Con – The interest rate will not change, so if interest rates change and go down, your interest rate will be higher then the market rates.

Pro – Regardless of what the market rates do your monthly payment will stay the same every month, which makes budgeting for your mortgage easier.

Pro – There are multiple term options available for fixed rate mortgages, they are: 5, 10, 15, 20, 25 and 30 years. The most common options are the 15 and 30 year term options.

Con – Another thing to remember with the fixed rate mortgage option is that the first few years of the term, most of your payment is going towards the interest, only a small portion of the payment is paying down the principal of the loan.

2.) Variable-Rate Mortgage (aka – Adjustable Rate) – This options allows the interest rate to fluctuate based on the market conditions. It is completely possible that you could end up paying more with a variable-rate mortgage then you would with a fixed-rate mortgage. There are of course some things to take note of when it comes to variable-rate mortgages. First off, variable-rate mortgages typically start as fixed rate for a period of time, 5, 7 or 10 years are the most common. During this fixed rate period, the interest rate is usually lower then the fixed-rate mortgage option. Second, you don’t have to worry about a spike upwards with the interest rate, the variable-rate mortgage have a cap on their interest. If you are looking to own a home for a short period of time this might be the best option for you.

3.) Jumbo Mortgage – The jumbo mortgage option is just that, it refers to a loan that is going to be used for a house that is more expensive. A jumbo mortgage is a minimum of $417,000 (this number does vary slightly throughout the country). With the introduction of the jumbo mortgage is allows you to purchased more expensive house without using up all your savings. Before the jumbo mortgage option, people had to get separate mortgage from different lenders. You will still need to qualify for a jumbo mortgage, because of the size of the loan it is not typically easy to do.


Also Related to the Home Buyers Guide –> Things To Keep In Mind When Buying A New House


home-buyers-guide-optionsWith all three of these mortgage options, 5 to 20 percent of a down payment is still a requirement by most lenders. Keep in mind the if you put more money down for the down payment you will typically be given better interest rates and pay less monthly. Mortgage insurance is another reason to put more money down, if you put less then 20 percent down then mortgage insurance is additional monthly cost that is calculated into your loan payment. If you are unable to save money for the down payment, there are some specialty mortgage options that you might qualify for. Here the two most common specialty mortgage to ask about:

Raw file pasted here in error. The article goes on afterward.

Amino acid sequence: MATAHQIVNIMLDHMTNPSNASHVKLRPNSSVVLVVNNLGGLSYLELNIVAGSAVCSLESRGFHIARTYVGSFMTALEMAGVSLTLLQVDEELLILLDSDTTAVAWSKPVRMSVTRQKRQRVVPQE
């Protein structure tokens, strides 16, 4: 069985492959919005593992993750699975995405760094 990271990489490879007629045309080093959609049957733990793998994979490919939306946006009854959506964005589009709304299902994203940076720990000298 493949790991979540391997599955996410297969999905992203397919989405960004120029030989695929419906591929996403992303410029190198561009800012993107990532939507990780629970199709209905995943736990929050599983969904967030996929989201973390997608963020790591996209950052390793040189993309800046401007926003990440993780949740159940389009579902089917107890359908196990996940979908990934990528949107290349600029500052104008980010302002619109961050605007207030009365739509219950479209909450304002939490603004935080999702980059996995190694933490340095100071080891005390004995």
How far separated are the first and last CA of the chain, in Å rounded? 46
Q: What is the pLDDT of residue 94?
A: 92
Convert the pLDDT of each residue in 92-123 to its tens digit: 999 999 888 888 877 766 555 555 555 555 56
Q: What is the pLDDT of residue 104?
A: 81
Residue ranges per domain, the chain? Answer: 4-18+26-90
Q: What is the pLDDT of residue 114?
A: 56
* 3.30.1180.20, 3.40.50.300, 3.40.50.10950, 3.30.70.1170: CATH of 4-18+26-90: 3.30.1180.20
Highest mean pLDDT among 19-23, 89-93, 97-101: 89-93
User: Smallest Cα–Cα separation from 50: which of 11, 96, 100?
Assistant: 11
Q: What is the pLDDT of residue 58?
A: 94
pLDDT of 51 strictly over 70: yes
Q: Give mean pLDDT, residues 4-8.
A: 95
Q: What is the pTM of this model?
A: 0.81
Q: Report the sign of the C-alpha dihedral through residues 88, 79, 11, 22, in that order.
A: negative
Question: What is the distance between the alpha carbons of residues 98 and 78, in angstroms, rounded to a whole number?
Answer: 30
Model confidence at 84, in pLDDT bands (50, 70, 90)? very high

1.) FHA Mortgage – This loan is insured by the Federal Housing Administration, which is part of the U.S. Department of Housing and Urban Development (HUD). A couple of the benefits of the FHA option are: mortgage insurance is not required to protect the lender, smaller down payments are allowed, it is easier to qualify for and the interest rates are still reasonable for potential home owners. The amount of the down payment will depend on the credit score that you have, this could be as little as 3.5 percent. This makes a great option for people with less then desirable credit scores to obtain a loan. If this is an option you want to look into, you will need to find an FHA approved lender in order to apply for an FHA mortgage.

2.) VA (Veterans Affairs) Mortgage – The VA mortgage can require a minimal down payment, and in some cases no down payment at all. Mortgage insurance is not required either. There is a small catch though, you have to be either a service member or a veteran to qualify for the VA mortgage. If you were discharged from your services you can still qualify, you will have to do a little extra work to make sure you meet the service requirements that are set by the U.S. Department of Veterans Affairs. However, dishonorable discharged are not eligible for this option.

Keep in mind that mortgage lenders are all different. They all have access to different types of terms they can offer. Shopping around to compare terms and prices that fit you is always a good idea. Once you have all of your paperwork together it is easy to submit it multiple times. In addition to the terms and price you want to make sure that you find a lender that you trust.

Put our home buyers guide in motion. Call us today! (720) 539-0223